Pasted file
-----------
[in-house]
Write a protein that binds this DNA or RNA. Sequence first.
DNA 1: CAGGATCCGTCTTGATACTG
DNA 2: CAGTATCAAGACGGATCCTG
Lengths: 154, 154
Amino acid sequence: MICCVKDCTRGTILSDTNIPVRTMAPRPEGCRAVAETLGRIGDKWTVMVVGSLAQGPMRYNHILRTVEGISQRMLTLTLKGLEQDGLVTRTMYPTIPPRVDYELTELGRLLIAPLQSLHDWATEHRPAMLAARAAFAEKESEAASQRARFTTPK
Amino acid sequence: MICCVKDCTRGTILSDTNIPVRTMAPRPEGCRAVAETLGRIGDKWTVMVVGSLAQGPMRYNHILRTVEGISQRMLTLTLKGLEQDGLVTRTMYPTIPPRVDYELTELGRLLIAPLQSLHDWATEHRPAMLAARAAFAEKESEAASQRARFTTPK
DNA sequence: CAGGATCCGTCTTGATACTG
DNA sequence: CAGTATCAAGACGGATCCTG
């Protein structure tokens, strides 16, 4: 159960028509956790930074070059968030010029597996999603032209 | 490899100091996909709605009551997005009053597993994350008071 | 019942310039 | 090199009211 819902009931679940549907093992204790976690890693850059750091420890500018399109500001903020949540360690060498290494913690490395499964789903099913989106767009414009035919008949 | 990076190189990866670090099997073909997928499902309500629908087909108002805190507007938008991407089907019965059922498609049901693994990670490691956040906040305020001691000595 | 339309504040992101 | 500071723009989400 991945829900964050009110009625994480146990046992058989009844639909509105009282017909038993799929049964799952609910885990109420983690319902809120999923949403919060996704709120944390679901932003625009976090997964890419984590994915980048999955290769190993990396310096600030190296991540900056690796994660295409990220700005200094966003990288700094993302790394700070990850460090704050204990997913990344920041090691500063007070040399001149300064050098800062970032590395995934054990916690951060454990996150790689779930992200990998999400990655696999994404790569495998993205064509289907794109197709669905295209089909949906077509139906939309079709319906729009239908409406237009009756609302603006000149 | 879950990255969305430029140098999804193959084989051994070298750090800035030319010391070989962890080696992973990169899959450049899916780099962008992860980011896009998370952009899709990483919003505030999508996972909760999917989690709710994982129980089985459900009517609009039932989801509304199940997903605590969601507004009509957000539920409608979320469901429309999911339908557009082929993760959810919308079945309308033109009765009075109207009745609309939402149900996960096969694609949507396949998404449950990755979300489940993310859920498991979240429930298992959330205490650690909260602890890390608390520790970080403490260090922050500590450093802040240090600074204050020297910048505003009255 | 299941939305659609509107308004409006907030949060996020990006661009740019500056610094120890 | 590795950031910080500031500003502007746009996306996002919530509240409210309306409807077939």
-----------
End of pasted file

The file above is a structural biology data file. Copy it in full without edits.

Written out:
[in-house]
Write a protein that binds this DNA or RNA. Sequence first.
DNA 1: CAGGATCCGTCTTGATACTG
DNA 2: CAGTATCAAGACGGATCCTG
Lengths: 154, 154
Amino acid sequence: MICCVKDCTRGTILSDTNIPVRTMAPRPEGCRAVAETLGRIGDKWTVMVVGSLAQGPMRYNHILRTVEGISQRMLTLTLKGLEQDGLVTRTMYPTIPPRVDYELTELGRLLIAPLQSLHDWATEHRPAMLAARAAFAEKESEAASQRARFTTPK
Amino acid sequence: MICCVKDCTRGTILSDTNIPVRTMAPRPEGCRAVAETLGRIGDKWTVMVVGSLAQGPMRYNHILRTVEGISQRMLTLTLKGLEQDGLVTRTMYPTIPPRVDYELTELGRLLIAPLQSLHDWATEHRPAMLAARAAFAEKESEAASQRARFTTPK
DNA sequence: CAGGATCCGTCTTGATACTG
DNA sequence: CAGTATCAAGACGGATCCTG
């Protein structure tokens, strides 16, 4: 159960028509956790930074070059968030010029597996999603032209 | 490899100091996909709605009551997005009053597993994350008071 | 019942310039 | 090199009211 819902009931679940549907093992204790976690890693850059750091420890500018399109500001903020949540360690060498290494913690490395499964789903099913989106767009414009035919008949 | 990076190189990866670090099997073909997928499902309500629908087909108002805190507007938008991407089907019965059922498609049901693994990670490691956040906040305020001691000595 | 339309504040992101 | 500071723009989400 991945829900964050009110009625994480146990046992058989009844639909509105009282017909038993799929049964799952609910885990109420983690319902809120999923949403919060996704709120944390679901932003625009976090997964890419984590994915980048999955290769190993990396310096600030190296991540900056690796994660295409990220700005200094966003990288700094993302790394700070990850460090704050204990997913990344920041090691500063007070040399001149300064050098800062970032590395995934054990916690951060454990996150790689779930992200990998999400990655696999994404790569495998993205064509289907794109197709669905295209089909949906077509139906939309079709319906729009239908409406237009009756609302603006000149 | 879950990255969305430029140098999804193959084989051994070298750090800035030319010391070989962890080696992973990169899959450049899916780099962008992860980011896009998370952009899709990483919003505030999508996972909760999917989690709710994982129980089985459900009517609009039932989801509304199940997903605590969601507004009509957000539920409608979320469901429309999911339908557009082929993760959810919308079945309308033109009765009075109207009745609309939402149900996960096969694609949507396949998404449950990755979300489940993310859920498991979240429930298992959330205490650690909260602890890390608390520790970080403490260090922050500590450093802040240090600074204050020297910048505003009255 | 299941939305659609509107308004409006907030949060996020990006661009740019500056610094120890 | 590795950031910080500031500003502007746009996306996002919530509240409210309306409807077939």